Israeli scientists for the first time in the world printed a living heart
Printed Living Heart
The future is already here, it is alive and beating. Scientists from Tel Aviv University printed the world's first three-dimensional heart with blood vessels using personalized "ink" from collagen, a protein that supports cellular structures, and other biological components.This extraordinary breakthrough was reported by scientists, Professor Tal Dvir , Dr. Assaf Shapira from the Faculty of Natural Sciences of TAU and Nadav Nur, his doctoral candidate, in the journal Advanced Science .
The heart itself is the size of a rabbit, and it still does not work. Dvir noted that the “seal” of the human heart will use the same technology.
“We need to develop improved technology,” he said. “The cells have not yet formed pumping ability; they may be shrinking now, but we need them to work together. We hope that we will succeed and show the effectiveness and usefulness of our method. ”
In other words, the next step is to grow a heart the size of a rodent’s heart in a laboratory, print and mature it, and also train an artificial but biological organ to “behave” like a heart. You also need to test printed hearts on animals to test their functionality.
Professor Tal Dvir
Professor Tal Dvir
The breakthroughs of scientists in Tel Aviv are a milestone in the science of transplantology: tissues were printed before, but there was no vascularization - blood vessels - without which the normal functioning of complex tissue is impossible.
Tissue printing was before, but only simple tissues without blood vessels. “This is the first time anyone has successfully designed and printed a whole heart with cells, blood vessels, ventricles, and cameras,” Dvir said.For example, scientists successfully printed cartilage and aortic valve tissue, but the goal was to create tissue with vascularization: blood vessels, including capillaries, without which organs cannot survive, not to mention functioning.
Tel Aviv scientists began with human adipose tissue and separated cellular and non-cellular components. Then they reprogrammed the cells to turn into pluripotent stem cells, which could then become muscle or endothelial cells.
Non-cellular materials, including a large number of proteins, were processed into a “personalized hydrogel,” which served as “ink,” Dvir explained.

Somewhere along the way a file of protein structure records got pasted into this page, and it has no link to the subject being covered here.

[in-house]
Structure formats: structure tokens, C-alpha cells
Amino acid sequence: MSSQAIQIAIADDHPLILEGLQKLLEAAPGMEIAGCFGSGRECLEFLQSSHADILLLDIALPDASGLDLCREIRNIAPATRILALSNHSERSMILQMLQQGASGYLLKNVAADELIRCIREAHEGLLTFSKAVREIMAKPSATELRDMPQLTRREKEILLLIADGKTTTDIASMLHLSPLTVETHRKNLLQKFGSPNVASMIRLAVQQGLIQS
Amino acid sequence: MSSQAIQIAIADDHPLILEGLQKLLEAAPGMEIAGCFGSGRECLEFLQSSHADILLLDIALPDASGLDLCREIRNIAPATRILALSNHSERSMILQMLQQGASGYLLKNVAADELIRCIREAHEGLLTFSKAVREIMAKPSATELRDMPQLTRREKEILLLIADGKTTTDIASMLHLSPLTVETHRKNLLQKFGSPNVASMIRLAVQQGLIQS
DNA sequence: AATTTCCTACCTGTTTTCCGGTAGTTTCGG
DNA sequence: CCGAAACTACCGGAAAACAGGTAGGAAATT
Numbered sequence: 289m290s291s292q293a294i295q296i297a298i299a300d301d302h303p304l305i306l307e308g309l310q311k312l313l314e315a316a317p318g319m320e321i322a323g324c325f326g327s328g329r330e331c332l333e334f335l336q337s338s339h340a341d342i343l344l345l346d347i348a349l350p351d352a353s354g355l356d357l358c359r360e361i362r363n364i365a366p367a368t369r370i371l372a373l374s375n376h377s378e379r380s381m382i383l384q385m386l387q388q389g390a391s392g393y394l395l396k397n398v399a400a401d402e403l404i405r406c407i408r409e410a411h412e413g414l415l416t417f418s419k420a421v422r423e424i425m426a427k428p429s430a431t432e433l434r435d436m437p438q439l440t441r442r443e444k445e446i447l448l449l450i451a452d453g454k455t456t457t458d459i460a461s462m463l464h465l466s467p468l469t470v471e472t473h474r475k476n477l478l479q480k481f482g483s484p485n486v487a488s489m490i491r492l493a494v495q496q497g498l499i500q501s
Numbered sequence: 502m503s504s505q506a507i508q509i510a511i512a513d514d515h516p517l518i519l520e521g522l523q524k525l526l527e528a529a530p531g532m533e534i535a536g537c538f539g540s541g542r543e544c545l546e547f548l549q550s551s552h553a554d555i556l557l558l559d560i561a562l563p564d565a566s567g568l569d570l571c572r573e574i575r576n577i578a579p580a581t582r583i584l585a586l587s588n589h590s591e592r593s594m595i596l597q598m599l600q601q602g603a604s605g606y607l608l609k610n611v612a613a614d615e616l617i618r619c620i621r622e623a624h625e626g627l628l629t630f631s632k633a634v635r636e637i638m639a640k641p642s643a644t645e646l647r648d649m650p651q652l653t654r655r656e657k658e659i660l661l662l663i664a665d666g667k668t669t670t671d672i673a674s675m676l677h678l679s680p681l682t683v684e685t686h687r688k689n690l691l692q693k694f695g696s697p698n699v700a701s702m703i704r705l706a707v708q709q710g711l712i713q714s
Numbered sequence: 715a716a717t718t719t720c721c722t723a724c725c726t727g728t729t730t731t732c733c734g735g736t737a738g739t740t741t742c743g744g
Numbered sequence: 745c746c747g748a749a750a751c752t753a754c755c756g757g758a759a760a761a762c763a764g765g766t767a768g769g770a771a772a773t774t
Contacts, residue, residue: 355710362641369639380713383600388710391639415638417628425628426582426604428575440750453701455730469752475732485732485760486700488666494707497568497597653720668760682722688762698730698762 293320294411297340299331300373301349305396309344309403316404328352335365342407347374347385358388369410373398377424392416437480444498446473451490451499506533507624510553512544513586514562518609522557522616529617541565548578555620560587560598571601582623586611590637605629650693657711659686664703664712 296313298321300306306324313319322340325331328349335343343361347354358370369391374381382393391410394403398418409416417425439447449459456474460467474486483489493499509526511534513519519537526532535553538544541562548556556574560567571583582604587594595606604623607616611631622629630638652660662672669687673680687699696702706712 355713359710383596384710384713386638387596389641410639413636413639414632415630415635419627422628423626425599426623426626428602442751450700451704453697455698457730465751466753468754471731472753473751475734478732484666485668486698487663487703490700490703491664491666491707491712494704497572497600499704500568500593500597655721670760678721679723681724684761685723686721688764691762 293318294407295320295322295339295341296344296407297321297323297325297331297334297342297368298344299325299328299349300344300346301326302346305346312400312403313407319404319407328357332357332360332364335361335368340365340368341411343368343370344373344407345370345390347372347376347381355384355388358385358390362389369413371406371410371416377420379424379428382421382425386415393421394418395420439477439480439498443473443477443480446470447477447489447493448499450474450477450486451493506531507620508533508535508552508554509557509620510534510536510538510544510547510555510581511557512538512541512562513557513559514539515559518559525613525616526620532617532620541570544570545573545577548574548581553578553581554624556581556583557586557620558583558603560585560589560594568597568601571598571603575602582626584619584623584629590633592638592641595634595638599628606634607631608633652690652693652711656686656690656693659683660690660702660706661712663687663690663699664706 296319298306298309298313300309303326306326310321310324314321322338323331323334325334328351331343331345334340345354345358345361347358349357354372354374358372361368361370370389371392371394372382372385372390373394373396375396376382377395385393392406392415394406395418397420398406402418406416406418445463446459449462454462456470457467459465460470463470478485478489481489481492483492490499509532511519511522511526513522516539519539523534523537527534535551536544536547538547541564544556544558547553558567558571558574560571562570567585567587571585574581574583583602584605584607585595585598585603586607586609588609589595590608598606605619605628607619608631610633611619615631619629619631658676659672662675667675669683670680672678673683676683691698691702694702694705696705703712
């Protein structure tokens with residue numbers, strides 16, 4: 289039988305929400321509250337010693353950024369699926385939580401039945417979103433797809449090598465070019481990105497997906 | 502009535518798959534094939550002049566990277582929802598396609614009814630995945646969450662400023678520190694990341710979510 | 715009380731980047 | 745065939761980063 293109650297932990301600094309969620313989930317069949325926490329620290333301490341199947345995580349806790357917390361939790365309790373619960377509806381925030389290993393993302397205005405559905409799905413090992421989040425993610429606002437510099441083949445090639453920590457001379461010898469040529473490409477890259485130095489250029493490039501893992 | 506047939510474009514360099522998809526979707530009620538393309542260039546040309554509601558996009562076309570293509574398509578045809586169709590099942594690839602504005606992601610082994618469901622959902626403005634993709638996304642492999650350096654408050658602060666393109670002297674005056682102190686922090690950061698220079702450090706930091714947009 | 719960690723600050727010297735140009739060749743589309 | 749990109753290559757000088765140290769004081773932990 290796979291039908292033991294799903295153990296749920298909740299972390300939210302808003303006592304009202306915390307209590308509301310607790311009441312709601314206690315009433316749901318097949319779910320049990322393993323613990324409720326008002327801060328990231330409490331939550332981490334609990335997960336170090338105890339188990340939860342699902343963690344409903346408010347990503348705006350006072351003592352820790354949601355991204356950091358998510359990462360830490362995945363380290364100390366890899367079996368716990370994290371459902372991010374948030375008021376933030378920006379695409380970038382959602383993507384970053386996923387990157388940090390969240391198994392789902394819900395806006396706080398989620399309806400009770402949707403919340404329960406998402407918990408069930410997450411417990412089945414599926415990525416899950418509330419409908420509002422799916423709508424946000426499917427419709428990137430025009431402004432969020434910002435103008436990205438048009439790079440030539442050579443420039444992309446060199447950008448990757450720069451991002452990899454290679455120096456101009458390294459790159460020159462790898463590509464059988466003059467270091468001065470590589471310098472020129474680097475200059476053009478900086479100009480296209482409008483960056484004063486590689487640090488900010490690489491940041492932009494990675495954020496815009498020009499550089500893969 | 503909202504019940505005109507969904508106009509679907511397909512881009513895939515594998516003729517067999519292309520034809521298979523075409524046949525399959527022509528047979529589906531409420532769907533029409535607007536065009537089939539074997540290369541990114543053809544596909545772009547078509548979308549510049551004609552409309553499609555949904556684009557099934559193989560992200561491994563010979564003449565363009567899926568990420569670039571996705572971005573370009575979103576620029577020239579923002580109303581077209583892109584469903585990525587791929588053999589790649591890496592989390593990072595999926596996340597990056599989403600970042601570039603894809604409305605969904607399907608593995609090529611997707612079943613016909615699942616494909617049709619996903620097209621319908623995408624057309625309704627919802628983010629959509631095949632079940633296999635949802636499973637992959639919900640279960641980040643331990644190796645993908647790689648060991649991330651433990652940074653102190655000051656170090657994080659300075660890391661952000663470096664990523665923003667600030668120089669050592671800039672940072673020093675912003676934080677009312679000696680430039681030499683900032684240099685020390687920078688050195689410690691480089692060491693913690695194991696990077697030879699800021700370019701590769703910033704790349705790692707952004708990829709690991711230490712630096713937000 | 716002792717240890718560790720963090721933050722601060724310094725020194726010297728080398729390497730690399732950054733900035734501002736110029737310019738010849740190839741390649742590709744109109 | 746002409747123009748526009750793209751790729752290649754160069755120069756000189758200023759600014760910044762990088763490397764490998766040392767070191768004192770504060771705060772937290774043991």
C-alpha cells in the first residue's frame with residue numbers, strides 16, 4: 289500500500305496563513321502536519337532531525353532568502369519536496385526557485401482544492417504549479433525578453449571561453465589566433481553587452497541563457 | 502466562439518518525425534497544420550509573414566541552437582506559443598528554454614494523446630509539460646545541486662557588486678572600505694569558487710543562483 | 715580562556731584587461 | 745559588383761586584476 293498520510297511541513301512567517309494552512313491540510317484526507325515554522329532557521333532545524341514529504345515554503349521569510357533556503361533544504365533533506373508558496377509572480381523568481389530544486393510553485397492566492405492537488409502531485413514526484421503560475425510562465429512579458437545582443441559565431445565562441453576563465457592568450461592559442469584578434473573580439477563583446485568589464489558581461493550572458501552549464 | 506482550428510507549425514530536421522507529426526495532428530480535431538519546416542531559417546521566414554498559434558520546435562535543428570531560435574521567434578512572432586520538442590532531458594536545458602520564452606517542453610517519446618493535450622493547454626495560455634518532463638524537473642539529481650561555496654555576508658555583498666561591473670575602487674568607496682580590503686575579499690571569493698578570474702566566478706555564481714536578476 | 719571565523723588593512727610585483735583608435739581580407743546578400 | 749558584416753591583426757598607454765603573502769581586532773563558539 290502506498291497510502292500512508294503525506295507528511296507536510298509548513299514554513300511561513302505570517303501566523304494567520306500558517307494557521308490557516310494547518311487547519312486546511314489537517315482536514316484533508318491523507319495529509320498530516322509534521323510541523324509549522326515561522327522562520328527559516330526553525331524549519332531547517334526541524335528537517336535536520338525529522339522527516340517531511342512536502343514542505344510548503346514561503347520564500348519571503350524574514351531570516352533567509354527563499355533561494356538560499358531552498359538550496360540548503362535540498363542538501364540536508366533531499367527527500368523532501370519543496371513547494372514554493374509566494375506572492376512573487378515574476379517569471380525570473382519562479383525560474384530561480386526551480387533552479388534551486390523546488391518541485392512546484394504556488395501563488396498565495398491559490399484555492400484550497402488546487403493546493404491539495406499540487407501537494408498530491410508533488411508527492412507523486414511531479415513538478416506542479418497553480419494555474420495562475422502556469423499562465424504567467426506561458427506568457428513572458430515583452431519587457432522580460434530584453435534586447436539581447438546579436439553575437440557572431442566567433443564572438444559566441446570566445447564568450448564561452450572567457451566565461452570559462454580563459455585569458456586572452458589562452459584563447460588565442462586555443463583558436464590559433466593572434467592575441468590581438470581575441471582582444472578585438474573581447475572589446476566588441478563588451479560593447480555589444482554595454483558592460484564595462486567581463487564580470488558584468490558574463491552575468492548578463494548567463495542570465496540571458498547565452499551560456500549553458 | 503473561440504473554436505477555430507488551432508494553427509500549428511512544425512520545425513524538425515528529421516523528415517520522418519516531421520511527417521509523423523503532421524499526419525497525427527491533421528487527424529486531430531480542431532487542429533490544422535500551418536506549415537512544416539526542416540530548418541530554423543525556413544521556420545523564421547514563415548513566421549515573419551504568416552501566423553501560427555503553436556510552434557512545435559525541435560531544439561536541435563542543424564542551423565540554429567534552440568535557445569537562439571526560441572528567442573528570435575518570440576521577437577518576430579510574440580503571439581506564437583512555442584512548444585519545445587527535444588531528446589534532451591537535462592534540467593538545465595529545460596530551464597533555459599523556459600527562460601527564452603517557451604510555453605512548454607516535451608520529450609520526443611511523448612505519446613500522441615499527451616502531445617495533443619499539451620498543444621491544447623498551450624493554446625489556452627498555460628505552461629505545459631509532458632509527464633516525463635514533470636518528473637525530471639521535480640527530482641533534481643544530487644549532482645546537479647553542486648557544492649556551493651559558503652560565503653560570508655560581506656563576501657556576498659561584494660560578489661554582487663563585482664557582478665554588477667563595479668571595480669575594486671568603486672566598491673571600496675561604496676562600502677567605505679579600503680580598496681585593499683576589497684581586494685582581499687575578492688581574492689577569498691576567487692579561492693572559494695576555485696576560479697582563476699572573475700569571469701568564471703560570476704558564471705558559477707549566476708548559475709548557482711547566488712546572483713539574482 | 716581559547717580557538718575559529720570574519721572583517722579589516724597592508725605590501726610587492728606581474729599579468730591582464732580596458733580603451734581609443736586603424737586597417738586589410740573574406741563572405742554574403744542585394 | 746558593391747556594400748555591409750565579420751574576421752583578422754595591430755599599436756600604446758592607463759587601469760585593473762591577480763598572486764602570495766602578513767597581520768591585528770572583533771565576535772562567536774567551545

Assaf Shapira looks at the seal of the heart
Although technology is still at an early stage, print media are already being used for training purposes in medical schools and with doctors to plan complex operations.
Dvir hopes that the technology will produce transplantable hearts, as well as patches in the regeneration of diseased hearts.
The organ seal consists of three main stages. The first stage of prepress preparation involves scanning an organ, for example, using an MRI. At the second stage, an organ is printed, layer by layer, and at the third stage, the "maturing" of the printed organ in the bioreactor occurs.
According to WHO, cardiovascular disease is the leading cause of death in the world, and transplantation is currently the only option for patients in the worst cases.But the number of donors is limited, and many die in anticipation. And patients who receive transplants sometimes die due to an immune response.
The heart was considered especially difficult to manufacture because of its great complexity and the pressure that it needed to withstand.
The key point is that using the patient’s own cells significantly reduces the likelihood of an immune reaction, explained Dvir. His greatest hope is that organ printing will make their donation unnecessary.
“Perhaps in 10 years, printers and organs will appear in the best hospitals in the world, and these procedures will become regular,” he said.He also said that hospitals are likely to start with simpler organs than the heart.
Israeli Scientists Print World's First 3-D Heart - Haaretz
Israeli scientists unveil world's first 3D-printed heart with human tissue - The Times of Israel
3D Printing of Personalized Thick and Perfusable Cardiac Patches and Hearts - Advanced Science